So there are many ways in which the Switch can be played but how is the functionality of the console? Well, in my opinion, it is one of the highest functioning handheld consoles on the market right now. The one negative I may express is that not a whole lot of well-known games are available to the Switch at the moment, but as there is a whole line up being announced for the upcoming year I have no doubt in my mind that this will change very soon. Besides this, the gaming experience is unlike anything else I’ve seen. Here are some key features that make it a smart gaming buy.

The Display

The Switch’s console screen is a large 6.2 inches and also includes a 1080p by 720p LCD display with added touchscreen features, making the gaming experience fully immersive and very high quality.

Battery Life

Although there have been a lot of complaints about the battery life being too short on the console, I believe that for a larger handheld console with the much larger screen and higher display quality than its predecessors it is sufficient enough. Plus for the first time, a USB-C charging port has been added to the console for a faster charge as well as more seamless connectivity to the docking system.

Easy Multiplayer  

Now, this console may not be good for people who don’t like lots of different pieces and add ons, but the two ‘joy-cons’ attached to the console having the ability to detach and become two separate remotes actually work in favour of gamers who prefer multiplayer. For the first time, we see a console that comes with a single controller when attached to the console or controller frame, and can also transform to become two smaller ready to use remotes when detached. It clearly shows that the Switch is meant to be shared.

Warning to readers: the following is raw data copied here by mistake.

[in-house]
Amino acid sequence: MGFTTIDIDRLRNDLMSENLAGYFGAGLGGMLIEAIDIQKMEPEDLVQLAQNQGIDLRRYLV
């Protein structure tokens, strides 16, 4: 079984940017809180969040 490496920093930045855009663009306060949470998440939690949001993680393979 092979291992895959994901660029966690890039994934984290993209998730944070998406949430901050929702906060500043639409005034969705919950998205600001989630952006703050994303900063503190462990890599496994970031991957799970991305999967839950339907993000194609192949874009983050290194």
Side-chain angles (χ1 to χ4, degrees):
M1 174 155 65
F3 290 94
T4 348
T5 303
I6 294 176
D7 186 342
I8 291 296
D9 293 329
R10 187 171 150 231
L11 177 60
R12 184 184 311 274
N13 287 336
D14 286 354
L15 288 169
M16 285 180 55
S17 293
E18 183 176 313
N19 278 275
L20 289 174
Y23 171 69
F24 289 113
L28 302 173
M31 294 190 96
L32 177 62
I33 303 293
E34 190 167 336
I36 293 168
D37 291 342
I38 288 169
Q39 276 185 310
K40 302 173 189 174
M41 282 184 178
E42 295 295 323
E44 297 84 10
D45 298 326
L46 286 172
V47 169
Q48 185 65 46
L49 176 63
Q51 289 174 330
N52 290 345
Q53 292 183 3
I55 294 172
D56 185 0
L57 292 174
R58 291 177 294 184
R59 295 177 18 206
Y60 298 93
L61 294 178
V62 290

Lots of Potential Memory Space 

A little add on which will come in very handy as your game collection grows is the ability to save game software on a micro SD card. Behind the kickstand feature is a little slot for the card and can add up to an extra 128gb of storage (if you really need it). This way you can download your physical copies on there as well as many digital downloads from the Nintendo eShop.

Take it Anywhere 

This is the most important and greatest feature by far on the Nintendo Switch. You do not have to be bound to the TV and can take the console anywhere you like and play on the go. Even with just the console screen you can play 2 player or hold the remote separate to the screen like you would on a TV if that is your preferred gaming mode. Simply pop the kickstand open and place it on a flat surface and get playing!